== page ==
Before a script can modify a user’s contacts, it needs to be authorized by that user. The authorization process takes place when a user executes the script for the first time. When a user makes a request to share his/her contacts, our script sends a link to the intended recipients by email. Upon clicking this link and the “Run Shared Contact Groups” button in the spreadsheet, the recipient will first need to grant authorization to execute the script. By clicking the “Run Shared Contacts Groups” button again, the script will proceed with creating the shared contact group.

2. Spreadsheet Service

In developing this script, there was a fair amount of data that needed to be exchanged between different users. We used Apps Script’s Spreadsheet Service for temporarily storing this data.

// grab the group titled "Sales Department"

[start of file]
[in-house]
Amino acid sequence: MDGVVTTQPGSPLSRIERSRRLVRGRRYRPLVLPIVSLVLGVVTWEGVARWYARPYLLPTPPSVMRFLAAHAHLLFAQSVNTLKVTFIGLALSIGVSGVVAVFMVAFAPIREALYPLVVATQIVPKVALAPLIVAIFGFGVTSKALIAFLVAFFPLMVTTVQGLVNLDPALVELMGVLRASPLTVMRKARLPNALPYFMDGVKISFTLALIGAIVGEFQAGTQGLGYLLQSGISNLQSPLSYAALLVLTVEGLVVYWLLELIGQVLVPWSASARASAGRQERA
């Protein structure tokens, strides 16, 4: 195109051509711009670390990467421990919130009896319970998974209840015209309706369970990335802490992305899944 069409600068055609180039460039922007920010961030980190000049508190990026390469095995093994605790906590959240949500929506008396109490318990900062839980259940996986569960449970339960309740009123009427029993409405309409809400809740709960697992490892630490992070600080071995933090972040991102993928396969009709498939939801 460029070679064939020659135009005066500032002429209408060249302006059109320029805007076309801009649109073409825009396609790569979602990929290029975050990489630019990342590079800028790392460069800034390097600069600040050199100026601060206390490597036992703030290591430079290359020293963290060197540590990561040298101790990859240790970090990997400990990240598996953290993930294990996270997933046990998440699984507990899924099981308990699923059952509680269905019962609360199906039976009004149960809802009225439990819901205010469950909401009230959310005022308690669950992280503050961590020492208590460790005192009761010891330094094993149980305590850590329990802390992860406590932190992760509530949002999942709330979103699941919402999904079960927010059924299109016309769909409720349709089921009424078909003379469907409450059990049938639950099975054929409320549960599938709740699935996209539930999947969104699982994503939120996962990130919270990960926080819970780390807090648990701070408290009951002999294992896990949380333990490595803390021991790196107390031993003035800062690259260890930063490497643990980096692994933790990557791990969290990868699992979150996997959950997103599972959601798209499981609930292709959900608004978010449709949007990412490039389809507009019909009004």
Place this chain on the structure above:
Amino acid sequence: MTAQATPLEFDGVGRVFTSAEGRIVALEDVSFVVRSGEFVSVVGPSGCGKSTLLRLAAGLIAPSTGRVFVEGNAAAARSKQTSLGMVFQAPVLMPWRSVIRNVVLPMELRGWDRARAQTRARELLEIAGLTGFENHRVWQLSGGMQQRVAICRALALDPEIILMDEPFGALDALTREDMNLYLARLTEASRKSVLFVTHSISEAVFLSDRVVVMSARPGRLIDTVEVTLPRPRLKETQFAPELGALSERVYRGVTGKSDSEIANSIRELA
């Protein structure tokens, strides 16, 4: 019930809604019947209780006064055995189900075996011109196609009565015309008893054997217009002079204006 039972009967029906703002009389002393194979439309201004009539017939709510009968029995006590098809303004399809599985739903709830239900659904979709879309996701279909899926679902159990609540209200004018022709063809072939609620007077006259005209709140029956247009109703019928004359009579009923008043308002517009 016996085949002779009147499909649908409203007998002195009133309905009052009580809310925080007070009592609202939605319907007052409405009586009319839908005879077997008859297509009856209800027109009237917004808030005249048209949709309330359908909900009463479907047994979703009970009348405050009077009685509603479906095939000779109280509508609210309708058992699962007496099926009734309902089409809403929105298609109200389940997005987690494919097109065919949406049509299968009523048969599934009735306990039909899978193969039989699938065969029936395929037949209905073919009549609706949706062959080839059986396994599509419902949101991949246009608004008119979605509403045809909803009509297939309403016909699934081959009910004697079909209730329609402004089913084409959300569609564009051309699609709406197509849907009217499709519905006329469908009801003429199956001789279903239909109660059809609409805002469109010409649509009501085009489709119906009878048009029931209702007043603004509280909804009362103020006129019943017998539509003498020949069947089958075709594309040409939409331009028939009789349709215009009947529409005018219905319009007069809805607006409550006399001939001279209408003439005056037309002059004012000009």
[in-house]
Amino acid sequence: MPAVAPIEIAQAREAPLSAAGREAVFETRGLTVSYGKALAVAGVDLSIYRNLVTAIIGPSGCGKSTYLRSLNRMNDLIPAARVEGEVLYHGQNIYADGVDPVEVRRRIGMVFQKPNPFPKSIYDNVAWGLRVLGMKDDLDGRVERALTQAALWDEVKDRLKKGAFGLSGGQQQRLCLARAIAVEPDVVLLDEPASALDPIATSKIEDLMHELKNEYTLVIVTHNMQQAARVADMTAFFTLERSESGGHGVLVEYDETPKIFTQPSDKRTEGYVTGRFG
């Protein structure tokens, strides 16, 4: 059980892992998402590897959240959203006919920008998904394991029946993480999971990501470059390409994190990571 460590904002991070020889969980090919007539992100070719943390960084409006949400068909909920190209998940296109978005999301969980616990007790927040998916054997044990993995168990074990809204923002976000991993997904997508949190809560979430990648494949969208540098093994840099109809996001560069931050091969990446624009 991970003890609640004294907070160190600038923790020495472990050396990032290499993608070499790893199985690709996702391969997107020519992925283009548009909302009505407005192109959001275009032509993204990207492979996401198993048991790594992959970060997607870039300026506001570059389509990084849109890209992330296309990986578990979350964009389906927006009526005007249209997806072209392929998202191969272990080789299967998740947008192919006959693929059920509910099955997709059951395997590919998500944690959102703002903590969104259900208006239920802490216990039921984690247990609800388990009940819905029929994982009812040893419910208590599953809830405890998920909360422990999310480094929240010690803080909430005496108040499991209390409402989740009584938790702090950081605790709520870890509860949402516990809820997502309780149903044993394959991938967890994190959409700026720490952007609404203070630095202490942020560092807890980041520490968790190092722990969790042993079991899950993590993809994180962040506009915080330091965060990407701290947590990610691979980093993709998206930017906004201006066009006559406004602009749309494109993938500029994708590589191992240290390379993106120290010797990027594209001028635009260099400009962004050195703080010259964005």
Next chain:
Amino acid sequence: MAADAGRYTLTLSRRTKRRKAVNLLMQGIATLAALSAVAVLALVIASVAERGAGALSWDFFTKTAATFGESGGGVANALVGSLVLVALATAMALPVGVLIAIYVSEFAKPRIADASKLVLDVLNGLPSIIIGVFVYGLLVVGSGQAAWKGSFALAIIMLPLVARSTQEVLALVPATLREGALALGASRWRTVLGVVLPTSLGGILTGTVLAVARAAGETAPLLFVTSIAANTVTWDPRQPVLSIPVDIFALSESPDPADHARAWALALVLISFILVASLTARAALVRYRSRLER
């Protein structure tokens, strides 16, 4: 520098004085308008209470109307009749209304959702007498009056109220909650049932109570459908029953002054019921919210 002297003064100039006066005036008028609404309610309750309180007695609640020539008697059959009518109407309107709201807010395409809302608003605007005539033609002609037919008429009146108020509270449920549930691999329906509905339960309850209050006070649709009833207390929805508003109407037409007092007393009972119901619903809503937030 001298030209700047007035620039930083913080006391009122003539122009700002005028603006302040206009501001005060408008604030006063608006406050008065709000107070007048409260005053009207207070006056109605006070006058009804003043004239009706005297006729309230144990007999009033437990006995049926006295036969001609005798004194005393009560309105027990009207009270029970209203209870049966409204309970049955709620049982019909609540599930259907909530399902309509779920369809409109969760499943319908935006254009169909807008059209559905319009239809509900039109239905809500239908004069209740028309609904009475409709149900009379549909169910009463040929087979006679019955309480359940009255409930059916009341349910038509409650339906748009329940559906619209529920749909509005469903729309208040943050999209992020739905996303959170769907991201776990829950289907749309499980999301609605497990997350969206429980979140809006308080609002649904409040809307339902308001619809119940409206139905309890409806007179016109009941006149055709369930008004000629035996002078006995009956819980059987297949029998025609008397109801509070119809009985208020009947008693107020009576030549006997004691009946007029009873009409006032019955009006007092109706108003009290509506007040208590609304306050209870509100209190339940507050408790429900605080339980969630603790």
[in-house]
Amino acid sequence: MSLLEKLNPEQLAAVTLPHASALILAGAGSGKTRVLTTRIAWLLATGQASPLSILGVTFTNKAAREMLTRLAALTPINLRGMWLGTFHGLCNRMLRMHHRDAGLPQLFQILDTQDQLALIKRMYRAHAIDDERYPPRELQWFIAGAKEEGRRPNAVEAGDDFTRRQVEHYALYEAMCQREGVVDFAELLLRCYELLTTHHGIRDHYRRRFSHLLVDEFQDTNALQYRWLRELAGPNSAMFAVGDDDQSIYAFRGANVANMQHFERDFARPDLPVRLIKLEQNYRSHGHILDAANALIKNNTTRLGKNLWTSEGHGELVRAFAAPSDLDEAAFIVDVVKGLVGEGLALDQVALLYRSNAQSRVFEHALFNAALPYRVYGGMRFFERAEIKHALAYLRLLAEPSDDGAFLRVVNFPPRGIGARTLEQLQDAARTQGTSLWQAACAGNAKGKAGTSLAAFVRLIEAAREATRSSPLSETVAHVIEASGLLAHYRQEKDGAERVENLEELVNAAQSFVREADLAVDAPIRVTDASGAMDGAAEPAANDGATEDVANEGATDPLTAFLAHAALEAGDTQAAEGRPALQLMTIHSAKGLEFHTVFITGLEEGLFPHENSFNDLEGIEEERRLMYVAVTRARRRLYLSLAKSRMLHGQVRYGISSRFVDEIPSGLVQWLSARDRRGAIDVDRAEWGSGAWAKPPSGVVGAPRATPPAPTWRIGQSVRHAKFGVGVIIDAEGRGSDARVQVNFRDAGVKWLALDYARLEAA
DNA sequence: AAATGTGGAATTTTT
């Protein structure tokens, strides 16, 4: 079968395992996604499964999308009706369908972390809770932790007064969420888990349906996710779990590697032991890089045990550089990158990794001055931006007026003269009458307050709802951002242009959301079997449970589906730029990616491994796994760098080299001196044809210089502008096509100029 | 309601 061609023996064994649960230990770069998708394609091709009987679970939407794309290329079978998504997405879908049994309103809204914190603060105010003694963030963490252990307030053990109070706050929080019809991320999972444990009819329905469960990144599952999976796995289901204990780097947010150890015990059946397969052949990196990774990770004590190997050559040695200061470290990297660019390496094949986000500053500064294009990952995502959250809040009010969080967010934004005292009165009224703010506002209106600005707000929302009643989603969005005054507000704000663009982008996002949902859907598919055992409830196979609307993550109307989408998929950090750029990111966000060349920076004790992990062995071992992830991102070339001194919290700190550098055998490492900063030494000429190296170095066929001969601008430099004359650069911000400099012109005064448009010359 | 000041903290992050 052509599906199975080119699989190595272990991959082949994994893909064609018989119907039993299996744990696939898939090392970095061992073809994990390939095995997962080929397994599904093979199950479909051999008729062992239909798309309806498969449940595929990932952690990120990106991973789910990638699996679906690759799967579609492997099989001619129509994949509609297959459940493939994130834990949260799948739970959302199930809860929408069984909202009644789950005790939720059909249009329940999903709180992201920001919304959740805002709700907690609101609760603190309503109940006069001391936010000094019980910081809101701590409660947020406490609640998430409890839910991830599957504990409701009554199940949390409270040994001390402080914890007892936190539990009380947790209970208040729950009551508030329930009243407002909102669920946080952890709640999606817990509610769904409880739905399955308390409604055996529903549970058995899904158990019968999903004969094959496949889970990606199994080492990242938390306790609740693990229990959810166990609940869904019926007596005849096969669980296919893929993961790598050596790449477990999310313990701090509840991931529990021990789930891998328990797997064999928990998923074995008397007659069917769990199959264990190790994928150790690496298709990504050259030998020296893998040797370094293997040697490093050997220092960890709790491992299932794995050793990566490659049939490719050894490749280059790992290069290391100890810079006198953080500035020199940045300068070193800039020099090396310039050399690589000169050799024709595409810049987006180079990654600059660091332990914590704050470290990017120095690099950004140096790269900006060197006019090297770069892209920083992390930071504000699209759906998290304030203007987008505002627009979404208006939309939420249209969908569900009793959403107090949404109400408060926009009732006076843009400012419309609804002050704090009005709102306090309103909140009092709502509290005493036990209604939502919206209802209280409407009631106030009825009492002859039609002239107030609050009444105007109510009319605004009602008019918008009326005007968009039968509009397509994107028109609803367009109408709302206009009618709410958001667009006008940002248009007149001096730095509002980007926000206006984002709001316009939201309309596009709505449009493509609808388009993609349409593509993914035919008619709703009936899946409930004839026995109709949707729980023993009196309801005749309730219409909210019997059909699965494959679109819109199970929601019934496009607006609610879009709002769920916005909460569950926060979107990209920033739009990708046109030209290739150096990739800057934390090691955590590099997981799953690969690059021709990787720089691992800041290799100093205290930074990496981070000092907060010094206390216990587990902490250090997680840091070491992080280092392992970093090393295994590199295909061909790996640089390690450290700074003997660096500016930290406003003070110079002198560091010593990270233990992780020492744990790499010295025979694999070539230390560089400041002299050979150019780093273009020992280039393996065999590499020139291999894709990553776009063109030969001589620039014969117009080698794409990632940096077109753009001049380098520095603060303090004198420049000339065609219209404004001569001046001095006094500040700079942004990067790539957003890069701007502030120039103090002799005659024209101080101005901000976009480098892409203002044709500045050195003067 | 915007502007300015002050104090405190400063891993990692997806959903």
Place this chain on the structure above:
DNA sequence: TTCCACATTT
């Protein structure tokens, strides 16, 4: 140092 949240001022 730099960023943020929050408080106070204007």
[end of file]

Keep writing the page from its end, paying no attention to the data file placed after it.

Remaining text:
var group = ContactsApp.getContactGroup("Sales Department");
// from that group, get all of the contacts
var contacts = group.getContacts();
// get the sheet that we want to write to  
var ss = SpreadsheetApp.getActiveSpreadsheet();
var sheet = ss.getSheetByName("Contact Data");
// iterate through contacts
for (var i in contacts) {
//save each of the values into their own columns
sheet.getRange(i, 1, 1, 1).setValue(contacts[i].getGivenName());
sheet.getRange(i, 2, 1, 1).setValue(contacts[i].getFamilyName());
sheet.getRange(i, 13, 1, 1).setValue(contacts[i].getWorkFax());     
sheet.getRange(i, 14, 1, 1).setValue(contacts[i].getPager());       
sheet.getRange(i, 15, 1, 1).setValue(contacts[i].getNotes());       

3. Ui Service